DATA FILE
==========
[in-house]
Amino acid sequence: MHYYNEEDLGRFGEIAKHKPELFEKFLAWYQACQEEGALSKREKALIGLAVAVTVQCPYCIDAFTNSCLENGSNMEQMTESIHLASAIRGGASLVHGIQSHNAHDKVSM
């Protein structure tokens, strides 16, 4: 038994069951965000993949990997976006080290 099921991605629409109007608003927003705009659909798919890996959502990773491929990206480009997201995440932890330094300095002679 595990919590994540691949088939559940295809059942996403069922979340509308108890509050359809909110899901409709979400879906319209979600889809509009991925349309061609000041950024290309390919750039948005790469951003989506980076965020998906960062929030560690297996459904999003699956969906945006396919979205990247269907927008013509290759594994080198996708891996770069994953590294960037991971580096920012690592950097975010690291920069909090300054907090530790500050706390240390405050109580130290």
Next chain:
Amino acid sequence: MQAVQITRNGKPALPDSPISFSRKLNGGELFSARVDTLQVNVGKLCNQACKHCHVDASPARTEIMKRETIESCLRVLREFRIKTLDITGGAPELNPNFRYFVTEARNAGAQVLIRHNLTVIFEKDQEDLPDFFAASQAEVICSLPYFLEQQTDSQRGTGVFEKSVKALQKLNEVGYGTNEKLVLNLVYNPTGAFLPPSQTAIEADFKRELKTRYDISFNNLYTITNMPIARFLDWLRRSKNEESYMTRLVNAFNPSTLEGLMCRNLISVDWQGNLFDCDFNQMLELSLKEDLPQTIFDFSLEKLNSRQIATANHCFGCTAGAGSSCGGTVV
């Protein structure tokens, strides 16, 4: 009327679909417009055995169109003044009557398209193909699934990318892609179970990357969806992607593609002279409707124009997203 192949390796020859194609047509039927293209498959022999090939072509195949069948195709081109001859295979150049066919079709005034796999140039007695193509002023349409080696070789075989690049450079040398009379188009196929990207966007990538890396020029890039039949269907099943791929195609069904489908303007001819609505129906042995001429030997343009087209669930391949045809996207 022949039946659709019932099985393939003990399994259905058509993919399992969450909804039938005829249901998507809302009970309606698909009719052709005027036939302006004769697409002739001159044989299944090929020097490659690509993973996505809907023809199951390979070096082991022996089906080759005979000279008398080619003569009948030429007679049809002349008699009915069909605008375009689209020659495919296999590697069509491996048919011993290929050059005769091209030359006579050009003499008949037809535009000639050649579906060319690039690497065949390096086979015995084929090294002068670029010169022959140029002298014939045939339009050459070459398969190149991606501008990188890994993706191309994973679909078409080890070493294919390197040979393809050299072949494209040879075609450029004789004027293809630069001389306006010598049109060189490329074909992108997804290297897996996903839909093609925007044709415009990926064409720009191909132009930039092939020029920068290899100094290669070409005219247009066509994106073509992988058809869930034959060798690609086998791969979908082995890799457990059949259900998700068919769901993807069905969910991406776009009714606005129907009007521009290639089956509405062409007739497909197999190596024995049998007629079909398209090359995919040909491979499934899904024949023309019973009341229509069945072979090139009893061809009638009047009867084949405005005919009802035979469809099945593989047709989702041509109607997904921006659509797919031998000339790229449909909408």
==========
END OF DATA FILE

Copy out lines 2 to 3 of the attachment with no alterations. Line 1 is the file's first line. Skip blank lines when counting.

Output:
Amino acid sequence: MHYYNEEDLGRFGEIAKHKPELFEKFLAWYQACQEEGALSKREKALIGLAVAVTVQCPYCIDAFTNSCLENGSNMEQMTESIHLASAIRGGASLVHGIQSHNAHDKVSM
């Protein structure tokens, strides 16, 4: 038994069951965000993949990997976006080290 099921991605629409109007608003927003705009659909798919890996959502990773491929990206480009997201995440932890330094300095002679 595990919590994540691949088939559940295809059942996403069922979340509308108890509050359809909110899901409709979400879906319209979600889809509009991925349309061609000041950024290309390919750039948005790469951003989506980076965020998906960062929030560690297996459904999003699956969906945006396919979205990247269907927008013509290759594994080198996708891996770069994953590294960037991971580096920012690592950097975010690291920069909090300054907090530790500050706390240390405050109580130290």